Tuesday, July 29, 2008

Not Ready to Compromise

This was originally posted on www.tradelawyersblog by Cyndee Todgham Cherniak

Logos_2 The “Doha Round” of multilateral trade talks at the World Trade Organization lapsed back into limbo on July 29, 2008 as an informal meeting of Ministers did not end in the acceptance of the compromise "package of elements".

If the United States, India, and China fail to reach a compromise, and the "Doha Round" fails, it might represent the beginning of the end for the World Trade Organization.  Failure means one thing: that Membership in the WTO does not include the responsibility to compromise so that the system itself can evolve. Evolution does not require big steps at each Round.  Evolution does require progress on important issues, including agricultural subsidies, NAMA tariff reductions, services liberalization, improvements to the Anti-dumping Agreement and Subsidies and Countervailing Measures Agreement, improvements to the dispute settlement mechanism, improvements to rules of origin, etc.

Negotiations of a middle ground to improve the multilateral trading system should not appear to be a matter of brinkmanship - and it does appear that the United States and the European Union on one side are locked in a battle with China and India (and other developing countries) on the other side.  Something is not right with this picture.

It is difficult to believe that a compromise cannot be reached with respect to the special agricultural safeguard mechanism.  It seems reasonable for developing countries to ask for an agricultural safeguard mechanism.  The developing countries are being asked to reduce agricultural tariffs so that other countries can export agricultural commodities to the developing countries.  It is reasonable for the developing countries to be concerned that the reductions are too steep and it is legitimate to want to protect the developing country farmers.  If the developing country farmers cannot sell their goods in the domestic market of the developing country, does the developed countries really expect that they will find alternative export markets?  Do the developed countries really expect that the developing country farmers will take up manufacturing or services jobs if they cannot be farmers?  It is one thing to desire access to the developing country markets - it is quite another to be insensitive to the concerns of the developing countries.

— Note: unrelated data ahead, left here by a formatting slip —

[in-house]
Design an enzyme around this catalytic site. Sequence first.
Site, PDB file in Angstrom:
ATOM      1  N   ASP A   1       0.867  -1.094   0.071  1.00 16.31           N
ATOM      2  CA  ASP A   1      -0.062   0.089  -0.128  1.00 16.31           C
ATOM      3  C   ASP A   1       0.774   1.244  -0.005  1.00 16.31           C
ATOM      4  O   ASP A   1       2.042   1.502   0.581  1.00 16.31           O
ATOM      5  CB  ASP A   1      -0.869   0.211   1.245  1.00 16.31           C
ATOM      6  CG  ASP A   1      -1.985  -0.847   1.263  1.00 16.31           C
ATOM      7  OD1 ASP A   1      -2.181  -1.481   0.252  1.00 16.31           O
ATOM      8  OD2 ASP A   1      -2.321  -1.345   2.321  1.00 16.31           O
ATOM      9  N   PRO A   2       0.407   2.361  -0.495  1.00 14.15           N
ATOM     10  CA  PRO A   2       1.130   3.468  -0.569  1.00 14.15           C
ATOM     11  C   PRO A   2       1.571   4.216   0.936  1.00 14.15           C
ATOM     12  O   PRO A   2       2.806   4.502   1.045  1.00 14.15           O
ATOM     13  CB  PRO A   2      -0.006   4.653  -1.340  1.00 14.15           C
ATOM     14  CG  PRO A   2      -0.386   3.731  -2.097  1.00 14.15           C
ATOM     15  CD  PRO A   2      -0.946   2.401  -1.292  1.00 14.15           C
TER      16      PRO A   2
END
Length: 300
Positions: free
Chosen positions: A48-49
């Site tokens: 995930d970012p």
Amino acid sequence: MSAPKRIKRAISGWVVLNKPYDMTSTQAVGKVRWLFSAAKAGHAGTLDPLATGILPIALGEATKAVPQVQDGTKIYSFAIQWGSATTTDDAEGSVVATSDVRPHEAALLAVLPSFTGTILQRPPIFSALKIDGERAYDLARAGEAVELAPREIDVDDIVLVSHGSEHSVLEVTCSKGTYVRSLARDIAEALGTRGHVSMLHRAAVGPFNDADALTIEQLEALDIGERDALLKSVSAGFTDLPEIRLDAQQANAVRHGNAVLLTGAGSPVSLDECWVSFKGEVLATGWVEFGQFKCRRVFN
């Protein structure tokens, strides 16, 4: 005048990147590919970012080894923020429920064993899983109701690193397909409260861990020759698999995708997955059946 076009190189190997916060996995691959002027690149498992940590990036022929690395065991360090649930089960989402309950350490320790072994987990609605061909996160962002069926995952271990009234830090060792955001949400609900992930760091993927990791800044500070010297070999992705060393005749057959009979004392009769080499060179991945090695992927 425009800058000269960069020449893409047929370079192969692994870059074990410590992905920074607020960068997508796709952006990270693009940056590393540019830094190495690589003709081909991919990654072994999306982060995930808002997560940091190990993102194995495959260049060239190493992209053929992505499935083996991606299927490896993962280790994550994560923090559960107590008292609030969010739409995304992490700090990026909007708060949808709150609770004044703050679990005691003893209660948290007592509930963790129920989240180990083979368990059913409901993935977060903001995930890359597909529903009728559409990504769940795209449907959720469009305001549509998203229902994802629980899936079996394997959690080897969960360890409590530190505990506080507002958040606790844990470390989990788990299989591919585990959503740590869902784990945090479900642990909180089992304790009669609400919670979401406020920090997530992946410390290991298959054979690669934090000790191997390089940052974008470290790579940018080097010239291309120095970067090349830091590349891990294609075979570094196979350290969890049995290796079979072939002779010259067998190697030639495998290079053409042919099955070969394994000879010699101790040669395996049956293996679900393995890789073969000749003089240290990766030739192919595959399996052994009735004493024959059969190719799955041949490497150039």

Why is it that a special agricultural safeguard mechanism is unacceptable?  The compromise special agricultural safeguard mechanism contained in the July 26th "package of elements" provides restrictions of the safeguard mechanism, which are transparent and involve a degree of certainty.  The exporting countries will know what level of increase in imports into the developing country will be considered to constitute a surge (40%). 

The sticking point must be that the developing countries may impose surtaxes that exceed the existing bound rates by 15%.  Developed countries today can impose agricultural safeguard surtaxes at any level - even more than 15%.  If challenged at the WTO, the level of safeguard surtaxes may be found to be WTO inconsistent.  However, based on the WTO case law, the WTO may not require the improperly collected surtaxes to be refunded after the years it takes to resolve the dispute. 

So, the agricultural safeguard rules become more clear and limitations are placed on the levels of surtaxes.  This is better than what the multilateral trading system has currently.

It would have made more sense for the developed countries to accept the special agricultural safeguard for now and work towards greater improvements so that the Doha Round, when all is put on the table, results in positive evolution. 

We should be disappointed.

http://lawprofessors.typepad.com/international_law/2008/07/not-ready-to-co.html

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